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NYT: Establishment Republicans Fear Lasting Split

NYT: Establishment Republicans Fear Lasting Split

Republican primary voters are staging a “people’s coup”

As we watch the 2016 Republican primaries unfold in often-surprising ways, it is clear that there is a strong desire among Republican primary voters for change within the party.  Sick of what Ted Cruz calls “the Washington Cartel” and of the “election conservatives” who managed for so long to convince voters they uphold conservative values and principles, Republican primary voters are taking a stand.

It began before Obama was elected, while President Bush was still in office, and has since only gained in strength and resolve, and the GOP establishment has been slow to notice or grasp what is happening.

They saw glimpses of it in the TEA Party in 2009 and ’10 and worked side-by-side with Democrats to diminish its influence, they may have noticed something was changing in the 2010 and 2014 mid-terms, they probably got a more clear picture when Eric Cantor (then House GOP whip) was booted out of office, and they started to pay attention when Speaker Boehner was also forced out.  They thought they could handle it, though, so they plowed ahead . . . pushing Jeb Bush as the next in line for the presidency, and that’s when things started to go so terribly wrong for the GOP establishment that they are finally sitting up and taking notice.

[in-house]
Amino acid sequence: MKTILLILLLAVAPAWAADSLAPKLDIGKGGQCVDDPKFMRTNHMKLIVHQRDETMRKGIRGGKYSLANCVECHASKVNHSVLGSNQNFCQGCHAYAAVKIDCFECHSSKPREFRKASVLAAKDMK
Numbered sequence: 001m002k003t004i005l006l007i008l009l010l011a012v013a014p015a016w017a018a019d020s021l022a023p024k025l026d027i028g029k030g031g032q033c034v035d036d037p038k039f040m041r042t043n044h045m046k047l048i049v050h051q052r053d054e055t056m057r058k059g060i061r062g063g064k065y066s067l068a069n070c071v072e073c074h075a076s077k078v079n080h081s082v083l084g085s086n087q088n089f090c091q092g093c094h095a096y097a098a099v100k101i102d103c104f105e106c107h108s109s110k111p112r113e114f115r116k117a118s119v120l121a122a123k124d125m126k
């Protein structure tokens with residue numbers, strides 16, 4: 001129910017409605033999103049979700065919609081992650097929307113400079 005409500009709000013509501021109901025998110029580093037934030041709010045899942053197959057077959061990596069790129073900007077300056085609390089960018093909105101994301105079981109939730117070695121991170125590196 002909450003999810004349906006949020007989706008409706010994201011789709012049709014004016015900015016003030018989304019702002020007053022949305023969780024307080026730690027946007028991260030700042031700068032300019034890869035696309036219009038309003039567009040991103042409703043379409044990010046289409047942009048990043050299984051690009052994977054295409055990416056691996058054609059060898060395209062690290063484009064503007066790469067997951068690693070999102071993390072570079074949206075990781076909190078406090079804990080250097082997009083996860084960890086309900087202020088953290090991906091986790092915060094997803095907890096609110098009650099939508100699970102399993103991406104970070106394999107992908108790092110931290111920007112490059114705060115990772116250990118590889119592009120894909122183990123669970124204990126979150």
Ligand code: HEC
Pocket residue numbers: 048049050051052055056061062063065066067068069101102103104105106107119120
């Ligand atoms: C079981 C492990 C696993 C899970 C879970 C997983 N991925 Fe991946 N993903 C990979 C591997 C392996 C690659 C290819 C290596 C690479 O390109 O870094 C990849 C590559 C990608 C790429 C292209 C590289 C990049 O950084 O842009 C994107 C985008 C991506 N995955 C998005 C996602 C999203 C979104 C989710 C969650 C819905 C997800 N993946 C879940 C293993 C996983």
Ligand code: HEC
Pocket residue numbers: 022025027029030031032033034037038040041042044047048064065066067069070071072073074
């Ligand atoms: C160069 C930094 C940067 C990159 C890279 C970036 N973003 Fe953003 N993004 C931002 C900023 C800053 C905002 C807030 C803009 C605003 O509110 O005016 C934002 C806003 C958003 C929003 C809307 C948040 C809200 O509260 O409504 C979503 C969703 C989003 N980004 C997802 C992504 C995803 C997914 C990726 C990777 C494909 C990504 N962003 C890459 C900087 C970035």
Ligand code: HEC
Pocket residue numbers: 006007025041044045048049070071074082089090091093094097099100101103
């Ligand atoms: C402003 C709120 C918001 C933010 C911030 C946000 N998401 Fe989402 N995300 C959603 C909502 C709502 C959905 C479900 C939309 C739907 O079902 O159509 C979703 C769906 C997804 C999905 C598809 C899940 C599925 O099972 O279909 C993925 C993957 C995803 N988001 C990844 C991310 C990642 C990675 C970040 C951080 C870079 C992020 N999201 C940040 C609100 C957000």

According to The New York Times, Republican “leaders” are now deeply concerned about a long-term split in the party, one that will not be repaired with the usual smoke, mirrors, promises, and lies.  They find this worrying.

The NYT reports:

The Republican Party is facing a historic split over its fundamental principles and identity, as its once powerful establishment grapples with an eruption of class tensions, ethnic resentments and mistrust among working-class conservatives who are demanding a presidential nominee who represents their interests.

At family dinners and New Year’s parties, in conference calls and at private lunches, longtime Republicans are expressing a growing fear that the coming election could be shattering for the party, or reshape it in ways that leave it unrecognizable.

. . . . Rank-and-file conservatives, after decades of deferring to party elites, are trying to stage what is effectively a people’s coup by selecting a standard-bearer who is not the preferred candidate of wealthy donors and elected officials.

For those of us who still hold dear the quaint notion that those elected to office should be representatives of the people to Washington (and not vice versa), this point may seem a bit odd.  After all, isn’t it their job–their duty–to represent the people who elected them, to keep the promises they make (over and over) on the election trail, to work for the people and not their own interests?

That deference appears to be waning, and it has Republican establishment figures concerned.

The NYT continues:

The issues animating grass-roots voters — opposition to immigration, worries about wages and discomfort with America’s fast-changing demographics — are diverging from and at times colliding with the Republican establishment’s interests in free trade, lower taxes, less regulation and openness to immigration.